"He made a really nice run on that one play, but the ball came out at the end," Tedford said. "For young freshman receivers, they came in prepared. Treggs made a nice catch on the touchdown. Those guys have a bright future."
Despite the well-chronicled and consistent issues on defense, there were two bright spots on that side of the ball, as well.
With sophomore Mustafa Jalil dressed but not seeing action, Keni Kaufusi and Todd Barr got to strut their stuff. Barr was a plus speed rusher at defensive end, recording three tackles in his first college action, including half a sack and 1.5 tackles for loss. That half sack came on Nevada's first offensive series, as Barr came from behind on third-and-nine at the Wolf Pack 31 to take down quarterback Cody Fajardo.
Kaufusi equaled his career statistical output with a two-tackle, 1.0 TFL, one forced-fumble performance on Saturday. In eight games last season -- his only action in three seasons -- he recorded two tackles and one tackle for loss.
Redshirt freshman Kameron Jackson proved to be an apt replacement for the injured Stefan McClure as the third corner, playing mostly nickel against the Nevada pistol. Jackson got his game going early on Nevada's second offensive series, keeping his eyes disciplined on the zone read as Fajardo faked the handoff and then staying with the play to drop Fajardo for a loss.
Late in the third quarter, Jackson recovered a fumble on a kickoff which led to a 40-yard field goal by Cal's Vince D'Amato, bringing the game to 21-17. On the ensuing Wolf Pack possession, Jackson defended two passes with one break-up during a defensive stand which held Nevada to just a field goal, enabling the Bears to tie things up on Harper's touchdown on the next series.
-- Though the Wolf Pack made no secret of wanting to avoid kicking to Brendan Bigelow -- effectively taking out one of the Bears' most dynamic play-makers, the second-year tailback did show encouraging signs of being ready to let it rip.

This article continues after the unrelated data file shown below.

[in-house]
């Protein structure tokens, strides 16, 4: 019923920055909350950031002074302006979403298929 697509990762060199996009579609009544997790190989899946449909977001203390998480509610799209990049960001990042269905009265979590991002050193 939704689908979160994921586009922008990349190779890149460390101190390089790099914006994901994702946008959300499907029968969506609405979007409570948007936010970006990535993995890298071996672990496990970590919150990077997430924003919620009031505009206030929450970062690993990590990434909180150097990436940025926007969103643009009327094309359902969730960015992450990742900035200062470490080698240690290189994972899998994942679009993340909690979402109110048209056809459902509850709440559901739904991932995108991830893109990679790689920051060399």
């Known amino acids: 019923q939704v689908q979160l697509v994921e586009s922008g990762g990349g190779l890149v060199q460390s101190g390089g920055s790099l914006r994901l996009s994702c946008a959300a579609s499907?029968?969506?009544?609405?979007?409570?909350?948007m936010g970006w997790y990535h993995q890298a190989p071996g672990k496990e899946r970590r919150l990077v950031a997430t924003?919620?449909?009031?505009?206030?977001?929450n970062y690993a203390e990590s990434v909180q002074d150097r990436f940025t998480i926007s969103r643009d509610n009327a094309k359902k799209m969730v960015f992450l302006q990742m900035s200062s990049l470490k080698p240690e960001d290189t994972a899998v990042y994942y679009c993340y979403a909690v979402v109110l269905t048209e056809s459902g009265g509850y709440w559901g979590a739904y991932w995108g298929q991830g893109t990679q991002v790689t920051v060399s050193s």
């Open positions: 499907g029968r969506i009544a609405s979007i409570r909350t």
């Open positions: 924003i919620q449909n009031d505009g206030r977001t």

After Cal took over at its own 23-yard line with 7:17 left in the first half, Bigelow took a pitch left on second-and-seven and crossed the line of scrimmage with a big head of steam. Safety Duke Williams came out of nowhere to nail Bigelow right in his twice-surgically-repaired right knee, flipping the 5-foot-10, 190-pounder end-over-end. Before the crowd had a chance to gasp, though, Bigelow popped right back up without so much as a limp or a wince. No, the play wasn't big -- it only went for three yards -- but insofar as Bigelow's mental and physical health goes, that play might as well have been a mile long.
-- There were two injuries of note during the game for Cal: tight end Richard Rodgers and right tackle Matt Summers-Gavin. Rodgers went down late in the third quarter blocking for Allen on an inside screen, but re-entered the game a few plays later.
Summers-Gavin was another story. With 5:44 left in the game, Summers-Gavin went down after Jordan Rigsbee and Tyler Rigsbee plowed the way on the left side for a nine-yard run by Anderson. Back-up tackle Bill Tyndall took Summers-Gavin's place, and gave up a sack on his second play. Summers-Gavin did not return.
"He was limping in the locker room," Tedford said. "I don't know if it was a knee or an ankle. The clock was a big deal at that time, and I was really trying to pay attention to what we were doing with the clock."